The most common question I get about living in San Juan del Sur, Nicaragua is about schooling for the children of expats.
I always try to give an honest and unbiased explanation of the three most popular options foreigners have to choose from. These options are San Juan del Sur Day School, Escuela Adelante, and home schooling.
Some expats choose to send their kids to one of the local public or private schools, but they are a small minority.
San Juan del Sur Day School
San Juan del Sur Day School is about the only non-homeschooling, English-instruction option for kids aged five or older.
Located high on a hill, set on farmland, it follows international education standards and is MINED-accredited (MINED is Nicaragua’s Ministry of Education).
Alongside regular curriculum topics, students practice yoga and meditation, enjoy swim lessons, and learn about gardening.
They use the surrounding nature to teach the curriculum and students spend a lot of the day outside. Respect and compassion are high priorities for the day school. Students receive a word of the week that correlates with these values.
My daughter has attended this school since we arrived in SJDS in 2015.
We love the diversity and flexibility of her education. She has excelled in the program and is growing into a kind, caring little girl. My daughter is confident in her education and I am astonished at how much she is learning and retaining.
Recently, she was teaching the family about evaporation by putting a bowl of water out in the sun. At five years old she is learning letter sounds and how to read. They are doing simple math, and with the diversity of the school, geography is part of her education. Her best friends are Spanish, Brazilian, and Canadian.
Escuela Adelante offers bilingual preschool education for kids 18-months to four years.
Located right in town, this school enrolls 80-percent Nicaraguan students. The other 20 percent are kids from Greece, Spain, France, Germany, the US, Canada, the UK, and more.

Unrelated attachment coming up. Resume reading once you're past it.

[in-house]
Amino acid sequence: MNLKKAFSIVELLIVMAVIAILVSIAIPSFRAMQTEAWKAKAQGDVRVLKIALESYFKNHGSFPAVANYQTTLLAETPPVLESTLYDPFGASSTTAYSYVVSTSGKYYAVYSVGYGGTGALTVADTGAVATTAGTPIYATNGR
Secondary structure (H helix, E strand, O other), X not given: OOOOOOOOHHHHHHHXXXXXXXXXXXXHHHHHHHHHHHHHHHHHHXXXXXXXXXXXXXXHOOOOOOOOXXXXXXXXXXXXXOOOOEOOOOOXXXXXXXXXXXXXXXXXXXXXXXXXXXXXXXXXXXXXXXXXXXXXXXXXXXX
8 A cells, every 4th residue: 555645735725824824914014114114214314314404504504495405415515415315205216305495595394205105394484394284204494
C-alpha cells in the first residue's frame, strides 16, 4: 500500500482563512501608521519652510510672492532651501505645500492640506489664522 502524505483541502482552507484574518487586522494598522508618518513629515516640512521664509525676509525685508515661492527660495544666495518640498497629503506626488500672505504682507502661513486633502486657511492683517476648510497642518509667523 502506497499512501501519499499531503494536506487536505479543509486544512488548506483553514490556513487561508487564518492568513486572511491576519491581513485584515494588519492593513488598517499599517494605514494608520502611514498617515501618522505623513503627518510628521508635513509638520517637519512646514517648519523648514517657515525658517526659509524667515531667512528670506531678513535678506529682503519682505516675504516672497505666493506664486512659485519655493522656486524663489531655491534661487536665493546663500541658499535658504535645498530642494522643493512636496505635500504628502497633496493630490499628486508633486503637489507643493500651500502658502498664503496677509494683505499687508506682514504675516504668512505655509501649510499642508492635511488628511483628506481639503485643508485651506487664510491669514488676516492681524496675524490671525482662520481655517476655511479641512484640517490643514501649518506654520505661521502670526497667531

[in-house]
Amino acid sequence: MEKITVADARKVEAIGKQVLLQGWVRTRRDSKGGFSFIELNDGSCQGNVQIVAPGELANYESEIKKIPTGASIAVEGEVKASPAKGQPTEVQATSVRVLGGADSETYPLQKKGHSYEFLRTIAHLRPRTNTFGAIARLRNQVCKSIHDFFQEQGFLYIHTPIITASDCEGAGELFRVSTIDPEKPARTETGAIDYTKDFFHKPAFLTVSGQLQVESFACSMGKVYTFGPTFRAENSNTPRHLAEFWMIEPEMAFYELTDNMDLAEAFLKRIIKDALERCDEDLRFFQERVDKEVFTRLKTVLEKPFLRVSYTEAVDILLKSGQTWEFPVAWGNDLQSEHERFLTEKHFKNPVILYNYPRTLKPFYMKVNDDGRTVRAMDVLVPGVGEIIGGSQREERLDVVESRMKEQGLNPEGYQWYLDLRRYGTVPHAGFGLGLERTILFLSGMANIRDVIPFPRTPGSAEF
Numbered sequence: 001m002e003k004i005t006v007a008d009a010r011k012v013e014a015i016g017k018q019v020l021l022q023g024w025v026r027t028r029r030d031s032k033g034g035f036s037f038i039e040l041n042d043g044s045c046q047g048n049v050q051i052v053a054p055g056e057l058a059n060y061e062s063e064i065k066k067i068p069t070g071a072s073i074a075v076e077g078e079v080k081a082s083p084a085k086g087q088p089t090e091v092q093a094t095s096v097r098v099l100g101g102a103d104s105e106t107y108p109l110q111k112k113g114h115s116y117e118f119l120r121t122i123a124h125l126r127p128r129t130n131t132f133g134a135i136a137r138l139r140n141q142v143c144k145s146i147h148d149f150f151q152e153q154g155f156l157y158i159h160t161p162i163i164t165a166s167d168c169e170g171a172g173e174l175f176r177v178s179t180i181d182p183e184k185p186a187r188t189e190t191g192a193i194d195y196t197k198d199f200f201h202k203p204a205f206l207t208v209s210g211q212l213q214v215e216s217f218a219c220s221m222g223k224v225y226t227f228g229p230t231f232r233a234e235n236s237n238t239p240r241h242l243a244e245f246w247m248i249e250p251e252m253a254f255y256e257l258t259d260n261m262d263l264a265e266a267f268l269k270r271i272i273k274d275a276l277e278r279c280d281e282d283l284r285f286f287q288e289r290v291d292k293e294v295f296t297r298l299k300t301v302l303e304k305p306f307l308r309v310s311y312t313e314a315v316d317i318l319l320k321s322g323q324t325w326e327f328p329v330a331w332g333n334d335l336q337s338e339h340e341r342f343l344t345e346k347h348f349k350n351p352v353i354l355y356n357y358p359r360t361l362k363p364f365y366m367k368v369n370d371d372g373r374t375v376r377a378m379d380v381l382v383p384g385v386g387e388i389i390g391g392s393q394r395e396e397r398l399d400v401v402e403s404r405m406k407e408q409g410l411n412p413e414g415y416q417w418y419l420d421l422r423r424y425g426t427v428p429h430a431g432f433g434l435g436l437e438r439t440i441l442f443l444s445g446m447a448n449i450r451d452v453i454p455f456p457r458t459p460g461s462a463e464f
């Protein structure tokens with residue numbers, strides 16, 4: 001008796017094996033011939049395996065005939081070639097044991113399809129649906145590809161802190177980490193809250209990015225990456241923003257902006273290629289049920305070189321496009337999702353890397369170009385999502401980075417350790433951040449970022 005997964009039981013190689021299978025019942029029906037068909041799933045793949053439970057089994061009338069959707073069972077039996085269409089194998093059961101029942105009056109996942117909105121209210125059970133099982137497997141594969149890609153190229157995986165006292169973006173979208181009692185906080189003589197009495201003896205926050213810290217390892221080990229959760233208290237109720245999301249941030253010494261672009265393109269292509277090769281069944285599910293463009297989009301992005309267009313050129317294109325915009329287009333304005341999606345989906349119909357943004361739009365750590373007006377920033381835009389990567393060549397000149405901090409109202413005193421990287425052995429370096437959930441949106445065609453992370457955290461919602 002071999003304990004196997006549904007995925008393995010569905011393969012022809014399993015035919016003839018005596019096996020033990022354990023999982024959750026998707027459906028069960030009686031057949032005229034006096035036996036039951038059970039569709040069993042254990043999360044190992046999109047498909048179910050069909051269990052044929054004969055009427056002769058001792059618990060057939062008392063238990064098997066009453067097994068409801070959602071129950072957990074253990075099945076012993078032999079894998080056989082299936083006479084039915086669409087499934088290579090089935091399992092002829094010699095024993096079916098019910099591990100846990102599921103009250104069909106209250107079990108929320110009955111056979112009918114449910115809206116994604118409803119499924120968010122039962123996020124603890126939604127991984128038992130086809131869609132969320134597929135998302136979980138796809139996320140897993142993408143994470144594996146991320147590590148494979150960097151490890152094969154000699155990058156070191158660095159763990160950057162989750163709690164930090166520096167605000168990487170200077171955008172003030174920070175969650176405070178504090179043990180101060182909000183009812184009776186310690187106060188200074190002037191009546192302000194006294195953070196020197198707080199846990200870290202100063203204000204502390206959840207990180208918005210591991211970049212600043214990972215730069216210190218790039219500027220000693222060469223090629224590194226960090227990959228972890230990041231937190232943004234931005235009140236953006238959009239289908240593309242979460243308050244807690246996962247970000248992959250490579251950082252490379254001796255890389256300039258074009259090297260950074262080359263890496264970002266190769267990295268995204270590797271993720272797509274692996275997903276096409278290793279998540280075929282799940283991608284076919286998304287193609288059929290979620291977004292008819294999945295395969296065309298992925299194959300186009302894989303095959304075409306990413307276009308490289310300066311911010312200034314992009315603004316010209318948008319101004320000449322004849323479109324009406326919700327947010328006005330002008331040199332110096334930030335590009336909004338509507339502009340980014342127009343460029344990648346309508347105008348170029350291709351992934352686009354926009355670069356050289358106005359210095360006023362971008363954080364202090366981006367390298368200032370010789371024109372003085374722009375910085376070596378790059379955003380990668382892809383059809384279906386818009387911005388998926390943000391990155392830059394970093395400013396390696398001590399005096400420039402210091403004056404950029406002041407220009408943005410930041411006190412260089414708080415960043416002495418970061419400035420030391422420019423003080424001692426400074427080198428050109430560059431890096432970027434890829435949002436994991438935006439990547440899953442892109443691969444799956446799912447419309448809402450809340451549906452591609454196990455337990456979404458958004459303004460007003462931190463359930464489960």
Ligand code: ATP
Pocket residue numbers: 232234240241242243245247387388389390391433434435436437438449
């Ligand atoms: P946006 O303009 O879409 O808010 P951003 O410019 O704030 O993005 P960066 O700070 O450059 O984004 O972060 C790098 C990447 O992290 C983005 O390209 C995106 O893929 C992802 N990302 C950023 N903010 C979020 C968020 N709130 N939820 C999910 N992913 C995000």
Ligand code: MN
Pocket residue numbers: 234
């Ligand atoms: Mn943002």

It is also MINED-accredited and most of the teachers are Nicaraguan.
There’s a quaint outdoor play area in the middle of the school and there are even a rabbit cage and a turtle pond.
The school consists of several classrooms, a computer room, and a library. As the students get older, Escuela Adelante will grow with them. Adding Kindergarten, first grade, and so on as needed.
My two-year-old son has been attending this school for the last year. I love that there is instruction in both English and Spanish. He loves his school and his vocabulary in both languages has expanded in a big way. The staff is very kind but definitely emphasizes education even at this young age. The teachers are very kind, but they definitely emphasize education even at this young age.
It is only $100 per month, with a price reduction for those who need it, which is why so many of the students are Nicaraguan.
Escuela Adelante also offers a unique after-school program for students 10-14 years old. The aim is to bring kids together from all backgrounds in a bilingual learning environment. Course materials are in English, but they offer Spanish translated materials as well. These classes use hands-on projects to keep the kids interested and learning. This program is a great addition to those who choose to homeschool their kids.